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The Splendor of Longing in the Tale of the Genji

Norma Field

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Belletristik / Essays, Feuilleton, Literaturkritik, Interviews


Foremost among Japanese literary classics and one of the world's earliest novels, the Tale of Genji was written around the year A.D. 1000 by Murasaki Shikibu, a woman from a declining aristocratic family. For sophisticaion and insight, Western prose fiction was to wait centuries to rival her work. Norma Field explore the shifting configurations of the Tale, showing how the hero Genji is made and unmade by a series of heroines.
Professor Field draws on the riches of both Japanesse and Western scholarship, as well as on her own sensitive reading of the Tale. Included are discussions of the social, psychological, and political dimensions of the aesthetics of this novel, with emphasis on the crucial relationship of erotic and political concerns to prose fiction.
Norma Field is Assistant Professor of Far Eastern Languages and Civilizations at the University of Chicago.

Originally published in 1987.

The Princeton Legacy Library uses the latest print-on-demand technology to again make available previously out-of-print books from the distinguished backlist of Princeton University Press. These editions preserve the original texts of these important books while presenting them in durable paperback and hardcover editions. The goal of the Princeton Legacy Library is to vastly increase access to the rich scholarly heritage found in the thousands of books published by Princeton University Press since its founding in 1905.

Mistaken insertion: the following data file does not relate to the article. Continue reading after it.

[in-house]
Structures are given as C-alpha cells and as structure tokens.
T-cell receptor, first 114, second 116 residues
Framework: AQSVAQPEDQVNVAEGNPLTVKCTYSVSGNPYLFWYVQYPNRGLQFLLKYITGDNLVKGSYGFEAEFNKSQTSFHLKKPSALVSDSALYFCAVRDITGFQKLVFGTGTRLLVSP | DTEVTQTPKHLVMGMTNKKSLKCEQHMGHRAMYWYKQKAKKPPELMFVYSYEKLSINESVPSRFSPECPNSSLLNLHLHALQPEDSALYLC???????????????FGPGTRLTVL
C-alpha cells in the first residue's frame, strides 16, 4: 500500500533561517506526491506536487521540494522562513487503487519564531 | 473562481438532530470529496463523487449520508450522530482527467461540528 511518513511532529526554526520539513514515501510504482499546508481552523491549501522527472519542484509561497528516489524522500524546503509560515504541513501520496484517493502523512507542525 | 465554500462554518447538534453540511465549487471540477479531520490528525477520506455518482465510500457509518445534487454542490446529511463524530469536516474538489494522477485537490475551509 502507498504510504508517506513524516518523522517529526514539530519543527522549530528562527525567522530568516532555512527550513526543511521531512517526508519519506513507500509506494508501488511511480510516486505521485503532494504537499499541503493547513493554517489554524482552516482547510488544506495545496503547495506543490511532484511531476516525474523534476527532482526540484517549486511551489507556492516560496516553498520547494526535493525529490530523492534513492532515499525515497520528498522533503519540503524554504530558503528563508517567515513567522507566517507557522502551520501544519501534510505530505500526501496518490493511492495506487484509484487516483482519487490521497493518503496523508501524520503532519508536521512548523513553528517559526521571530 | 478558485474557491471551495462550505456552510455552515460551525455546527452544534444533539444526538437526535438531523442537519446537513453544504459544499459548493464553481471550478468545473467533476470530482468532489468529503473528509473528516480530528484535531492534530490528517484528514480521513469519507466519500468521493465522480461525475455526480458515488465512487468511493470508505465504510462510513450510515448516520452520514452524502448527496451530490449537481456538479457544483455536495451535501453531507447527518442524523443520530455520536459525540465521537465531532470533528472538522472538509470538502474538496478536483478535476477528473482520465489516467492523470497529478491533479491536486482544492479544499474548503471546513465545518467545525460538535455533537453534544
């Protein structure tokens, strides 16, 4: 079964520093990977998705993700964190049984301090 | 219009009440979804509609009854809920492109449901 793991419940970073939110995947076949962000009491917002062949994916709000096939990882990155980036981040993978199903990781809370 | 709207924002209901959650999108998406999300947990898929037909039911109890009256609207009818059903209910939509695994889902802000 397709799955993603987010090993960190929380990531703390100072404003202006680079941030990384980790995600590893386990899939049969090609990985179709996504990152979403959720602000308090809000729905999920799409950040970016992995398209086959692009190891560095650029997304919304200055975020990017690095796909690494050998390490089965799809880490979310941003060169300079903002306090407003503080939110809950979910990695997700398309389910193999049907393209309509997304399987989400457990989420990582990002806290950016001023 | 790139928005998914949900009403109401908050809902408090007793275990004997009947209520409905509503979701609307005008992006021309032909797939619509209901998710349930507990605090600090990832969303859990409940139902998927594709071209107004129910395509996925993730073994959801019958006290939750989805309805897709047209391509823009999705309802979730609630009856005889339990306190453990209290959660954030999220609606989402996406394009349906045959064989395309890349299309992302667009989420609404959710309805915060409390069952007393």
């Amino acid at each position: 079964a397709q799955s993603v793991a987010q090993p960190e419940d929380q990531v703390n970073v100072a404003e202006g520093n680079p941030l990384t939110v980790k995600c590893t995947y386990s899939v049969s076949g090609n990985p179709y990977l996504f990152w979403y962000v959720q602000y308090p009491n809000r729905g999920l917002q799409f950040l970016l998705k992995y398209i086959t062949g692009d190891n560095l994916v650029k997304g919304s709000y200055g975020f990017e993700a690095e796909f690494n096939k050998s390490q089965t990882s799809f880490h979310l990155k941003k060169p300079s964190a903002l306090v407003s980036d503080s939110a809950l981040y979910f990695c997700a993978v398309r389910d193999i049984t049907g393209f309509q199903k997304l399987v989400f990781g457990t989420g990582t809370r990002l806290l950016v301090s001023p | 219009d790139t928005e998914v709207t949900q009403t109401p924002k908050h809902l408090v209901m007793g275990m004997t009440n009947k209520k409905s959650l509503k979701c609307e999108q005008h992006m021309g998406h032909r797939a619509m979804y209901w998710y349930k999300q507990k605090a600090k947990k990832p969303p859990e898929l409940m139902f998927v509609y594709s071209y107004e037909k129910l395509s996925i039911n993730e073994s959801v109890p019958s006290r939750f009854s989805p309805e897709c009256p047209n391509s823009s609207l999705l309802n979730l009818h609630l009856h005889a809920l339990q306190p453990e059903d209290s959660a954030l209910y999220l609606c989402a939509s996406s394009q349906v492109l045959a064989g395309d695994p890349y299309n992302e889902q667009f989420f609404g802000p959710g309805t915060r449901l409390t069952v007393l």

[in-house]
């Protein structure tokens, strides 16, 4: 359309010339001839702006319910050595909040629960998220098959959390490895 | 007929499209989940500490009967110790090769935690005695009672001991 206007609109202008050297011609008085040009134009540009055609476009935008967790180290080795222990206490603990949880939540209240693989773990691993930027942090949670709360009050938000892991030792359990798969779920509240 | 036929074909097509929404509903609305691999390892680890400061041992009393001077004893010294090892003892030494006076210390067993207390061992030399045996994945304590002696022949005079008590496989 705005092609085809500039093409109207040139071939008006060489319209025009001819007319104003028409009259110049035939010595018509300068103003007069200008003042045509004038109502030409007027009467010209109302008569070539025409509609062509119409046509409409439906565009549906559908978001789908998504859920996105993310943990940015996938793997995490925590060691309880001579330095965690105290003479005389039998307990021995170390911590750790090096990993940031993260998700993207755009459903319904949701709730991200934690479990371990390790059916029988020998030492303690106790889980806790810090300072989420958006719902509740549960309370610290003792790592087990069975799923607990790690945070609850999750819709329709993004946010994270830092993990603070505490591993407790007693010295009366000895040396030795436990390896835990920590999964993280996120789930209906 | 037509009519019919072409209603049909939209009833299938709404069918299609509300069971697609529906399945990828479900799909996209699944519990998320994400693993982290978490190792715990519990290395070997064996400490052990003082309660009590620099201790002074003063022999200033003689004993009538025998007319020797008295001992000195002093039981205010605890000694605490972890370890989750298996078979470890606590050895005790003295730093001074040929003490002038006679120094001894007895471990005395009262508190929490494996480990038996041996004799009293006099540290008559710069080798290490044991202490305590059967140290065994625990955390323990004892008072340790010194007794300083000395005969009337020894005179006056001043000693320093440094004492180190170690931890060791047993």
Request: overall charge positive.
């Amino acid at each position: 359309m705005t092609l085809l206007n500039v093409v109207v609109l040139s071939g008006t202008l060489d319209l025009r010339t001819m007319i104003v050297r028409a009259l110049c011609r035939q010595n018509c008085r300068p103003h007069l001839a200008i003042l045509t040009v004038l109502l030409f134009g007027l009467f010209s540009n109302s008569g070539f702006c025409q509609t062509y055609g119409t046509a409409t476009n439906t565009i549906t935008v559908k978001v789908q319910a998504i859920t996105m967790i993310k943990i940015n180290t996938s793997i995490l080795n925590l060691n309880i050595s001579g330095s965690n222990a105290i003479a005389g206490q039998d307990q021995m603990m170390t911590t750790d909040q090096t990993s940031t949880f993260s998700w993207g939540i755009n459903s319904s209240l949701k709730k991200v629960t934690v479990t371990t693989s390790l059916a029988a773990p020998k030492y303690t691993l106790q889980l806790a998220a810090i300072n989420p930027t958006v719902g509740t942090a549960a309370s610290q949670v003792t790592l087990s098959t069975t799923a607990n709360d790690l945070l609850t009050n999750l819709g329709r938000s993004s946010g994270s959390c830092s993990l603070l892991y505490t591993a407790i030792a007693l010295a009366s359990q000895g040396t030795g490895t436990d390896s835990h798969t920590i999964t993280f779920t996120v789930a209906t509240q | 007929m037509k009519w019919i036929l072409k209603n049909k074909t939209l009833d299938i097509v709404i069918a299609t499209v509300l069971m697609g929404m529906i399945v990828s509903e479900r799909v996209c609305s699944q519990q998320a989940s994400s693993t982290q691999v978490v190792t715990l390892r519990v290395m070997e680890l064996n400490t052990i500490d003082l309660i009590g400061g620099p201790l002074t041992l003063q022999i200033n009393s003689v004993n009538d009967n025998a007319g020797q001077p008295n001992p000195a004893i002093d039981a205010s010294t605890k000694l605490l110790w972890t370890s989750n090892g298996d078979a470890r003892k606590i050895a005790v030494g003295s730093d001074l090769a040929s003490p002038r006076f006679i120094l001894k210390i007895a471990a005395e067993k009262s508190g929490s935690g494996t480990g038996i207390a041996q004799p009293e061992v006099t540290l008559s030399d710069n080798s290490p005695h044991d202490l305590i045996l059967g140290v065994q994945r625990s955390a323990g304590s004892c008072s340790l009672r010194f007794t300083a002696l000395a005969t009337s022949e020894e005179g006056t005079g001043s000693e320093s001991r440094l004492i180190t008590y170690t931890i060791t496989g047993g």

Haikai, Pathetic fallacy, Futility (poem), Ariwara no Motokata, Novelist, New Thought, Sobriquet, Sugawara no Michizane, The Tale of the Heike, Spinster, Evocation, Virginia Woolf, Infatuation, Tsumi, Himiko, Euphemism, Anecdote, In Parenthesis, Ibid (short story), Cupid and Psyche, Irony, Parody, Sense and Sensibility, Caricature, Fujiwara, Incest taboo, Mourning, Castrato, Minor Characters, Monogamy, Precaution (novel), Epic and Novel, The Tale of Genji, I Wish (manhwa), Memoir, Japanese poetry, Melodrama, Narrative, Boredom, Poetic diction, Cautionary tale, Conflation, Aestheticism, Story of Women, Poetry, Kozue, Murasaki, Pun, A Pack of Lies, Anachronism, Voyeurism, Creation myth, The Song of Everlasting Sorrow (novel), Parable, Takasue's Daughter, Superiority (short story), Yamatogoto, Fujiwara no Teika, Misery (novel), Metonymy, Marriage plot, Genshin, Hikaru, Indulgence, Suetsumuhana, Lament, Monogatari, Orpheus and Eurydice, Psychological novel, Mircea Eliade, Murasaki (novel), Self-parody, His Woman, Murasaki Shikibu, Makurakotoba, Edward Seidensticker, Hashihime, The Uses of Enchantment, Watatsumi, Brief Encounter, Misfortune (folk tale), Satsuki, Trickster, Domestic drama, Chiyo, Cuckold, Plot twist, Conceit, Genji Monogatari Emaki, Epic poetry, Tragic hero, Despair (novel), Lady Fujitsubo, Etymology, Fiction, Izanami-no-Mikoto, Romance novel, Ukifune, Vocation (poem), Roland Barthes